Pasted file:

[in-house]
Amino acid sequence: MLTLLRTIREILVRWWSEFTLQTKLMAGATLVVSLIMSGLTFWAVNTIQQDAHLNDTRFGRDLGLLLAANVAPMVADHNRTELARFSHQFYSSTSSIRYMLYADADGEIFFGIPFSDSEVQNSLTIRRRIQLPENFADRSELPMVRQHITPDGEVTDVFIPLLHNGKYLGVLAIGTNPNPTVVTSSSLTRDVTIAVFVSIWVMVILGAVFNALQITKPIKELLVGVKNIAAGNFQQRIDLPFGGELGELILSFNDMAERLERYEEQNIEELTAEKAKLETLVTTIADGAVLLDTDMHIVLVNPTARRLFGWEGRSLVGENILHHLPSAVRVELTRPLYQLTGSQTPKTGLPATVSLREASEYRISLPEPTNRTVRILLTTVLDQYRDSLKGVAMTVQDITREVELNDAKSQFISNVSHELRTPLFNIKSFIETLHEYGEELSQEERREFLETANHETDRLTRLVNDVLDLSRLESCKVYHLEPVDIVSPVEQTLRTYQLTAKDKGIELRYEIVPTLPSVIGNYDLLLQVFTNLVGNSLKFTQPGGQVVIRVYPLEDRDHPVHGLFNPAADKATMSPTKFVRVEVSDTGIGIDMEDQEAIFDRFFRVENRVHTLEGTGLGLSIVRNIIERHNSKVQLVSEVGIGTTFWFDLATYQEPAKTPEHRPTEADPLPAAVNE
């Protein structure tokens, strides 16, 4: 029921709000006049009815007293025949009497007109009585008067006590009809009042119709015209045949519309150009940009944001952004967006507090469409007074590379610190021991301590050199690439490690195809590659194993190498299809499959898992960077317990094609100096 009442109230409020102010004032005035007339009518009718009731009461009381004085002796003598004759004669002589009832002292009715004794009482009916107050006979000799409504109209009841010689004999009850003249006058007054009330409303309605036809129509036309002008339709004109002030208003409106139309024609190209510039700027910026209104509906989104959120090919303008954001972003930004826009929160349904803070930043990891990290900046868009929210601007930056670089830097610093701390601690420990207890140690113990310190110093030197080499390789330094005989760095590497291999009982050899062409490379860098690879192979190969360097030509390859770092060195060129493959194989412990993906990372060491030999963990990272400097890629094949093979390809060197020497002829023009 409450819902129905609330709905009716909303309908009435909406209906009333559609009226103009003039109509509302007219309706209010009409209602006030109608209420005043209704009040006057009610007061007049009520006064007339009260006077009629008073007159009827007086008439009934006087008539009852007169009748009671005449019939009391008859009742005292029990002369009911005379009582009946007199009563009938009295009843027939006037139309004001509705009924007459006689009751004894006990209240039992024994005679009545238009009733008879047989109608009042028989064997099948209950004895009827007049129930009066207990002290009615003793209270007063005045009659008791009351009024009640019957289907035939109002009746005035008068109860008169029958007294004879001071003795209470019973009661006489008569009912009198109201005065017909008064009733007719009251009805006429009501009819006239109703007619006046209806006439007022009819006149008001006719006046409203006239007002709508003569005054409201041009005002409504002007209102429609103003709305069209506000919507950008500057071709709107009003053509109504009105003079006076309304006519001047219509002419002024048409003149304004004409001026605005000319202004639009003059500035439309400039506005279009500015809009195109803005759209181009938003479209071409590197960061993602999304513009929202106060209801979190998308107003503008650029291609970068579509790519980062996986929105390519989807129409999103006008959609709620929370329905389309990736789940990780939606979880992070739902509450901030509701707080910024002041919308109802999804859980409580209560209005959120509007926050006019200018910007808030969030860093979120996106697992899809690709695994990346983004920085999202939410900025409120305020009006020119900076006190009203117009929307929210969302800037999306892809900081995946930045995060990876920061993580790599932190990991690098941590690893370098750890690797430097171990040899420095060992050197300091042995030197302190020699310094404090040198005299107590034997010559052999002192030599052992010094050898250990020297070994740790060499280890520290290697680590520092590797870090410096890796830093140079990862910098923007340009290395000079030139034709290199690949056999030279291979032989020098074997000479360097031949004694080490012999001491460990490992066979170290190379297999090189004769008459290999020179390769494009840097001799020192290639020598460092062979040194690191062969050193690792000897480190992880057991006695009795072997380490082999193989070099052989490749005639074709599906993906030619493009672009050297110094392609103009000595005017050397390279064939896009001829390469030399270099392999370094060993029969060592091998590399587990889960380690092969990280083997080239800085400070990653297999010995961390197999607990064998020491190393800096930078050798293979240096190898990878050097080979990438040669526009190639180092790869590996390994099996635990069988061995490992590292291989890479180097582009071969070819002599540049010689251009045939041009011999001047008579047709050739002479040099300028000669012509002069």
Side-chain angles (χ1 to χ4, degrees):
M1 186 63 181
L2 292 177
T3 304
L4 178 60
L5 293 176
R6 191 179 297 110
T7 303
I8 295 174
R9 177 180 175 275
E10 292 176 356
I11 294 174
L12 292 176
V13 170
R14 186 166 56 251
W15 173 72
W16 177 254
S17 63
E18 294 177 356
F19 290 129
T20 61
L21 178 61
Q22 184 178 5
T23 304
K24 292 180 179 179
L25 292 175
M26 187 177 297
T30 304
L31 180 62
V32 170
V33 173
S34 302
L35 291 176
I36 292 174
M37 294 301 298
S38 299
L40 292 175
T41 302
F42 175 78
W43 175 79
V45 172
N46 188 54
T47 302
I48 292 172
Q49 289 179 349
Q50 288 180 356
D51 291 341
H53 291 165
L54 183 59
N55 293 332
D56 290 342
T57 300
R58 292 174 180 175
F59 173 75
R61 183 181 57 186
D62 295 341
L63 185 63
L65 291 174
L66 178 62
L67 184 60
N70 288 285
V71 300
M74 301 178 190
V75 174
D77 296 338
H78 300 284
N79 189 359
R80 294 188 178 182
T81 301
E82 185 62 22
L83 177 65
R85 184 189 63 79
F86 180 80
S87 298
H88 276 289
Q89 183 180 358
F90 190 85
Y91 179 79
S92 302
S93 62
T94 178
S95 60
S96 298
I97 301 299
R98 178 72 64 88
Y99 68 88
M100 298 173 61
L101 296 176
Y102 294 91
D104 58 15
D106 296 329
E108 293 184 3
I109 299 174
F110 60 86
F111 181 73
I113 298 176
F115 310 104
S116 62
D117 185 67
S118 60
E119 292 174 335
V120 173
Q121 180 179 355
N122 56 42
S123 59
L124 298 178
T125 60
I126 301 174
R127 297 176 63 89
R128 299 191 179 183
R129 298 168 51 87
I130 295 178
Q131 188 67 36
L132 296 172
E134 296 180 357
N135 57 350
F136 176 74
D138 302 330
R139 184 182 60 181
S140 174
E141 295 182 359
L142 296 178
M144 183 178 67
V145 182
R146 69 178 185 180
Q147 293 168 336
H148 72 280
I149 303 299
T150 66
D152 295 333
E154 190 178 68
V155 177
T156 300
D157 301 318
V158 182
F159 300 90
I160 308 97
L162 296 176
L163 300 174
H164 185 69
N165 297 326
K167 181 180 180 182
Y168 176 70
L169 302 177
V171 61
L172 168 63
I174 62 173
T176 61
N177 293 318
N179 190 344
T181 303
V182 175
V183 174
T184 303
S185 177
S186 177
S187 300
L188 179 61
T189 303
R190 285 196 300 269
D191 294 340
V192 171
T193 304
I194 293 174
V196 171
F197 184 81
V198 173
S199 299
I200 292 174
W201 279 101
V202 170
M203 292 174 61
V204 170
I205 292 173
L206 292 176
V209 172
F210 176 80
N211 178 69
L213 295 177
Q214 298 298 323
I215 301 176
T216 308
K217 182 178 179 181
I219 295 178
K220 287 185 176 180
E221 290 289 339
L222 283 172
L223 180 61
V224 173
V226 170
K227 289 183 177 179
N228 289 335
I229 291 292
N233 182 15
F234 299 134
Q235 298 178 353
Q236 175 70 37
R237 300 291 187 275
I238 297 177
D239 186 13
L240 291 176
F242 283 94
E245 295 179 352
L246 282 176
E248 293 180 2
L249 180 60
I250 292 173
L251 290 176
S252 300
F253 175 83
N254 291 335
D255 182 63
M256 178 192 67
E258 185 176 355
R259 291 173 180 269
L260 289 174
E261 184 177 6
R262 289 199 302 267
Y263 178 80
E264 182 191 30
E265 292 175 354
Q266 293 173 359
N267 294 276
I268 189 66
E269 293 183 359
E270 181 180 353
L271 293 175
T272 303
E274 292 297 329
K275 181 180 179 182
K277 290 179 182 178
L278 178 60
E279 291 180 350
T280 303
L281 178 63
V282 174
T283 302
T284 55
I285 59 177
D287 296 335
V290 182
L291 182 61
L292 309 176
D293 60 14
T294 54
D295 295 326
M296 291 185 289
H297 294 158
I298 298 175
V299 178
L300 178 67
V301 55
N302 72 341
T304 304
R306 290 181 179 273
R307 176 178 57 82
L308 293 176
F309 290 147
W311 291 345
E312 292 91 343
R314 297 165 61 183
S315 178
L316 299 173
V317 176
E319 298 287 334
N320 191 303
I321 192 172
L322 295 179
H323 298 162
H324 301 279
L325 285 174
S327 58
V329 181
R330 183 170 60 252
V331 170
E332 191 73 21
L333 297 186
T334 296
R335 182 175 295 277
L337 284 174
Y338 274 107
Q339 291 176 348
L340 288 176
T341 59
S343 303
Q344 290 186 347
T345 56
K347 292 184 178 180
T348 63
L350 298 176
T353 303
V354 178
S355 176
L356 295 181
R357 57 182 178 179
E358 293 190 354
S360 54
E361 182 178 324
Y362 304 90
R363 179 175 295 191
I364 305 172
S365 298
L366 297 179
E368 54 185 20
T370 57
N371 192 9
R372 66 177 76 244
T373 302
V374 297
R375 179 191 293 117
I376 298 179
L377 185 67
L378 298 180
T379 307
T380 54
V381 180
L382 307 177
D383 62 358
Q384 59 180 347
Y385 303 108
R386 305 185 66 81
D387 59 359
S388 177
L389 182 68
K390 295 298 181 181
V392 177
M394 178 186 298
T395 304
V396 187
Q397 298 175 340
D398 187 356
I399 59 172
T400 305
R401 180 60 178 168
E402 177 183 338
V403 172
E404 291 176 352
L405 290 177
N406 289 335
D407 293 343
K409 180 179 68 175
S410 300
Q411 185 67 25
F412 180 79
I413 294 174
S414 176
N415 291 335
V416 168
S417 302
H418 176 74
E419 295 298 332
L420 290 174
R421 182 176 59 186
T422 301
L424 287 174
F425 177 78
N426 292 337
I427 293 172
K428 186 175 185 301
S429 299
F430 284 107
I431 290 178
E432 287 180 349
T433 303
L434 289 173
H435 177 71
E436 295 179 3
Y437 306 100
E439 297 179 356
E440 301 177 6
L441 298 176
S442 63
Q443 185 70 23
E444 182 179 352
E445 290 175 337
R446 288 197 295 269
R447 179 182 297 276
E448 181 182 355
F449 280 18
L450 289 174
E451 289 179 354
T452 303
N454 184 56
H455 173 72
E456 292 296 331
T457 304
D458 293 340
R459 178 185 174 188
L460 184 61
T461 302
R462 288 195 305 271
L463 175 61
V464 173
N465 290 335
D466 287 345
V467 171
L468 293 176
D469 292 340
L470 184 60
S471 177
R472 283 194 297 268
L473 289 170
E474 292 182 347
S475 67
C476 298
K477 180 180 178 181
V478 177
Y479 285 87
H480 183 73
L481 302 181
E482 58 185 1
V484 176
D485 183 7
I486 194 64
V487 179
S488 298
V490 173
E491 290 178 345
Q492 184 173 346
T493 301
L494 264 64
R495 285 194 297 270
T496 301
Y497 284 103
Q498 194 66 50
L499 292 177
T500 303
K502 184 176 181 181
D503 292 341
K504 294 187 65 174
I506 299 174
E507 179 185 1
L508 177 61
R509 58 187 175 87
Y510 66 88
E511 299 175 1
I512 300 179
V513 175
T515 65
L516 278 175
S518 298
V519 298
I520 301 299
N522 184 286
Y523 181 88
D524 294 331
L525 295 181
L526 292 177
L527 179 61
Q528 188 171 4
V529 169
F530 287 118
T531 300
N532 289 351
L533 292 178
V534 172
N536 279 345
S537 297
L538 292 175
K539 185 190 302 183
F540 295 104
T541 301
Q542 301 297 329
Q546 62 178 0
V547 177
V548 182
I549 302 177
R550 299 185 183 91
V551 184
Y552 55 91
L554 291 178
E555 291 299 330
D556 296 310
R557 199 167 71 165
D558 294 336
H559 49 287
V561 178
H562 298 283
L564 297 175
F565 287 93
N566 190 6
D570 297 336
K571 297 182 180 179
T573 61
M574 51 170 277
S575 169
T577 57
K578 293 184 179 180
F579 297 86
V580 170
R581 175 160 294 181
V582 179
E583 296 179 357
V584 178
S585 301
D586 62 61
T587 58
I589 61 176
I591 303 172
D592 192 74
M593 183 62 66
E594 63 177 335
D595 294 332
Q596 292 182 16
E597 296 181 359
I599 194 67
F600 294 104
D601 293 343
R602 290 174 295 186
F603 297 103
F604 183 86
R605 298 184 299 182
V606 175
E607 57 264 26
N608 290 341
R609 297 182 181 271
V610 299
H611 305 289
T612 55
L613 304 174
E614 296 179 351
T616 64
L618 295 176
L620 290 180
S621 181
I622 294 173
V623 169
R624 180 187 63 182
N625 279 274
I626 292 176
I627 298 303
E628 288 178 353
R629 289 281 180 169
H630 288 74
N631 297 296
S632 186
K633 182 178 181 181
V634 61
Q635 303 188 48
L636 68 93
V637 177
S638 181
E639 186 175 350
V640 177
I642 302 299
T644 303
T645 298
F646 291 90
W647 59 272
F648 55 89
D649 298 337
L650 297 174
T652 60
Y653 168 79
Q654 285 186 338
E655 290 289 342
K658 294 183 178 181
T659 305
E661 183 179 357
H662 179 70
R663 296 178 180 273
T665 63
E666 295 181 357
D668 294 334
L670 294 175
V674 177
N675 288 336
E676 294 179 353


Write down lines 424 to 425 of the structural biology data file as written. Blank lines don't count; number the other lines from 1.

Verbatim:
L494 264 64
R495 285 194 297 270